So between those messages lurks the idea that you shouldn’t change anymore. We get that message repeatedly. People get married and say, “I love you just the way you are—don’t ever change,” and we think that’s a good thing. But if you and your spouse haven’t changed in 10 years, you have a real problem.
Do you feel any extra pressure to have your house and relationship in order when doling out advice of this nature?
Actually that’s a great question. I don’t feel any pressure at all because part of the core of this book is that we make mistakes. We are all flawed, which is why we change and grow. Some things we do are selfish or immature. We make all sorts of major and minor mistakes all the time, and I know that I’m not perfect.
It’s people who think that they can’t change, that they’re not flawed, that there’s one way of doing things, who end up getting into deeper trouble. I’ve made mistakes; I’m going to continue to make mistakes, and it’s my job as I make mistakes to change and grow and figure things out. Relationships aren’t static, and neither am I. So I don’t have that undue pressure.
Another fascinating observation you make is that the person with the weakest coping skills tends to dominate the relationship. Is that something you’ve known for a long time?
Years. There isn’t a textbook that says this, but it’s its own book right there. It’s another realization that comes from years of listening to and observing couples and groups working around the least functional person, who’s controlling everything. It’s sort of an a-ha moment I had along the way.
So much of this is applicable in more than just relationships—it applies to families, in business, in schools. However we’re working in our lives, embrace change and recognize when you’re the one who’s not changing or adapting, and realize that you’re sinking the ship.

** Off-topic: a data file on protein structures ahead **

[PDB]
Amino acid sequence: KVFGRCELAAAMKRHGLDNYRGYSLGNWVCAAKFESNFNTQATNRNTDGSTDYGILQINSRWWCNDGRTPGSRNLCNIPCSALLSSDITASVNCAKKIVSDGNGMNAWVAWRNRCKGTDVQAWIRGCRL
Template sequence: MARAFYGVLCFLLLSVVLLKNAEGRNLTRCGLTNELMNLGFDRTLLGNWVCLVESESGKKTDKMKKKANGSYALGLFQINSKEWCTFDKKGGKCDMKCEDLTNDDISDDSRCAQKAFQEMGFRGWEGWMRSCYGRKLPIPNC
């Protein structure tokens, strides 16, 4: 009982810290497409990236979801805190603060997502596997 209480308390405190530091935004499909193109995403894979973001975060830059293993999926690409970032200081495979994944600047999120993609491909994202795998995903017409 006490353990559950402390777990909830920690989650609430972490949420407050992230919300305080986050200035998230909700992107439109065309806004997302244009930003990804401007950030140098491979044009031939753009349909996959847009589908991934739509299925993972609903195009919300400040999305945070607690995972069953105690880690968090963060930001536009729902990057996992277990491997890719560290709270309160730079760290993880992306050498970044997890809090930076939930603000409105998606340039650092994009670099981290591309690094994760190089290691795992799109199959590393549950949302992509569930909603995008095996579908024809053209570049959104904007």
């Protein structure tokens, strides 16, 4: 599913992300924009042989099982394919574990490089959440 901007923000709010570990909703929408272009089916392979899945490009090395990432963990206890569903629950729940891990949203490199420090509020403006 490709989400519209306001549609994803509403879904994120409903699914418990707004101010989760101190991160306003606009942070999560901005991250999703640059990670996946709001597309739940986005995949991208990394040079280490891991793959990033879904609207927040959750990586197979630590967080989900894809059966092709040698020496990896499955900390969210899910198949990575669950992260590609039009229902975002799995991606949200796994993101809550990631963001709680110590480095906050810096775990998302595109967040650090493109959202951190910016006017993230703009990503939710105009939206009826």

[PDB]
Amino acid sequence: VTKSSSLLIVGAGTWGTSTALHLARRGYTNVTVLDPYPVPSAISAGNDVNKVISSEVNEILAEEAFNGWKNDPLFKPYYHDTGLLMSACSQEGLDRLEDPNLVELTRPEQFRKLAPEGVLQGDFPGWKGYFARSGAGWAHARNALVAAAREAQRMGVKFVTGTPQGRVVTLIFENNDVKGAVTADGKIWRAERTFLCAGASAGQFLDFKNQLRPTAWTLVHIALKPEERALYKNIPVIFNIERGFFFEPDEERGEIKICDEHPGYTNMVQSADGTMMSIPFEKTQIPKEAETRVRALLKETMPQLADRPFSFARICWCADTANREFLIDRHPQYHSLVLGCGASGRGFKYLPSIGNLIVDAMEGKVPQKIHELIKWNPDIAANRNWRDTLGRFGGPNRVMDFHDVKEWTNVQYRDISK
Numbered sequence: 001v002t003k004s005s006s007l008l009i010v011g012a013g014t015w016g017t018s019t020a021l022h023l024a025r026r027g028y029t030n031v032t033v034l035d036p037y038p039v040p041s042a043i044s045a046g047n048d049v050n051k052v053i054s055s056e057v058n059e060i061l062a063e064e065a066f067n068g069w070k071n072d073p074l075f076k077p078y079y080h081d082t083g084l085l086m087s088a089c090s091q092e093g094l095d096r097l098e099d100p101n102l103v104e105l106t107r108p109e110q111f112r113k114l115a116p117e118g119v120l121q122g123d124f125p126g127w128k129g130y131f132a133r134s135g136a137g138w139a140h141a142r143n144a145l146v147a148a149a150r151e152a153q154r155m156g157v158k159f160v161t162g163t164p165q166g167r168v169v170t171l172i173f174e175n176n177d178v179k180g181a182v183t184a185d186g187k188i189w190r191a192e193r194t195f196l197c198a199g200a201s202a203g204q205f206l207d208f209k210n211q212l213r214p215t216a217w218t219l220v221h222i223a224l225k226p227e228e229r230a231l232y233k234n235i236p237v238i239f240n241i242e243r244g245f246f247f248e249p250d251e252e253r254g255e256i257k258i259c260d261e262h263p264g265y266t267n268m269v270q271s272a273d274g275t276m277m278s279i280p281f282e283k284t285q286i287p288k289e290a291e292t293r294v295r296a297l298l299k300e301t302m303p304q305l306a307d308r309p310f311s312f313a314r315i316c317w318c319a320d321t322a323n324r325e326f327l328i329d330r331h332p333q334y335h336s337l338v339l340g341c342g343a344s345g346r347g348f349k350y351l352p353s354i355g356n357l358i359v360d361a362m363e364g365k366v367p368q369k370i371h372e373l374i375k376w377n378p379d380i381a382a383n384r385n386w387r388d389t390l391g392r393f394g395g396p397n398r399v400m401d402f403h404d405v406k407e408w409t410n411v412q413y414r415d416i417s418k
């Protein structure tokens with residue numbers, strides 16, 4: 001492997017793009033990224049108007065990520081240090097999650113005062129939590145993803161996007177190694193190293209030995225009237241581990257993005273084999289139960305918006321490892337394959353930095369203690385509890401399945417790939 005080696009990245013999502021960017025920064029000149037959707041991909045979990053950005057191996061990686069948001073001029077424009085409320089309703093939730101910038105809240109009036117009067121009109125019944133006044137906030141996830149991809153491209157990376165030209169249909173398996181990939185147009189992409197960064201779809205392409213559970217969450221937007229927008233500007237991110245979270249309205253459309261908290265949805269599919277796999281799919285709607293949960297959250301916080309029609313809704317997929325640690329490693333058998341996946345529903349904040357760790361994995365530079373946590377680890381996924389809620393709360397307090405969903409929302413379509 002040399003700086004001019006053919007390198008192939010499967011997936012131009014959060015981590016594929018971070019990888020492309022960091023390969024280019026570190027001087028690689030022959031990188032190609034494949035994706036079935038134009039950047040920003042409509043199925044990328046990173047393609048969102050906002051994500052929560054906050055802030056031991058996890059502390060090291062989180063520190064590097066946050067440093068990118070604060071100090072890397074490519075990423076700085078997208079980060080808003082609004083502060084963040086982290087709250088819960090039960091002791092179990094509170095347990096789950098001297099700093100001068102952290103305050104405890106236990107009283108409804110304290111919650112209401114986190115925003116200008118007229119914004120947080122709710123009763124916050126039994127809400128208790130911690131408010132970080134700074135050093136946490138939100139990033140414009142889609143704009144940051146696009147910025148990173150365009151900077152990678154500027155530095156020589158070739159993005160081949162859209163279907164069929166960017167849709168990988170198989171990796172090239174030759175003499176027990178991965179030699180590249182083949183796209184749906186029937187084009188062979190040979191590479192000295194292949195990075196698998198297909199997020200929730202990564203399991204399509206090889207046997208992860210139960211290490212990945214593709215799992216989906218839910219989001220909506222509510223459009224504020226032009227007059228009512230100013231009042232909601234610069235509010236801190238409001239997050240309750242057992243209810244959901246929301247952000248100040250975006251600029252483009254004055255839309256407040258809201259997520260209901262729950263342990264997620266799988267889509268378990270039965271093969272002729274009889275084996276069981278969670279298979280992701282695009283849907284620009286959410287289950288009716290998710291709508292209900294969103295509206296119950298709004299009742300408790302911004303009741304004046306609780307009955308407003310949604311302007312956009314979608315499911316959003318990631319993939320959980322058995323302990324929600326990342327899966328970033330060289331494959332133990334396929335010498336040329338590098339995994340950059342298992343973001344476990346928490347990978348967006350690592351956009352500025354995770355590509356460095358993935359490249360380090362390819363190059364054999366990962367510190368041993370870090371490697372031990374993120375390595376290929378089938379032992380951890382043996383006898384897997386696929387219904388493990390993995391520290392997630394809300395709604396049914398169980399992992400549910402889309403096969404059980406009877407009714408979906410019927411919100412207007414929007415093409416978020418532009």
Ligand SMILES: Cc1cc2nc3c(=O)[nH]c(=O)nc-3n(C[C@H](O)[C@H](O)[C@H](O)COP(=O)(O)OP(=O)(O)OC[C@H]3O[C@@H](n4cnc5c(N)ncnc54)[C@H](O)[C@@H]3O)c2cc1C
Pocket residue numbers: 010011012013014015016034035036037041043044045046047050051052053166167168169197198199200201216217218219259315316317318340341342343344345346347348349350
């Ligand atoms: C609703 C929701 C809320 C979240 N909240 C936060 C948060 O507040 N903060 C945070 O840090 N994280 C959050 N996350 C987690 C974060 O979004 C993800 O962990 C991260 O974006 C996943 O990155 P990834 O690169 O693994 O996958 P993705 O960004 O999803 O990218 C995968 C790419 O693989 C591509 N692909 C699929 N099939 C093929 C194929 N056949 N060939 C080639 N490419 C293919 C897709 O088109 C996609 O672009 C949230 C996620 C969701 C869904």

You seem to take a pretty bleak view of love: “When we fall in love, we believe we’re falling in love with a person, but we really fall in love with the sense of security, oneness, and deep connection that we hope this person will bring us someday […] relationships built solely on love are usually doomed.” Are you a fan of Valentine’s Day?
Yes, I love Valentine’s Day. I am a giant fan of love. Love is what makes the world go round. It’s what pulls us together and gets the whole machine started. Even Valentine’s Day is a great example of how we celebrate love.
The problem is we can’t get married just based on love. We put everything in the love bucket rather than thinking love is what gets us started and how we then build a relationship is based on all the things we do after we’re in love.
All those people out there we know who are getting divorced, they were once in love, too, so there has to be something more. That’s why I say love gets it started, but it’s the changes we make, our experiences of maturing and growing together, that reignite the love over and over again.
Erika Rohrbach spends her days helping international students at the Fashion Institute of Technology in New York City and her nights and weekends in northern New Jersey.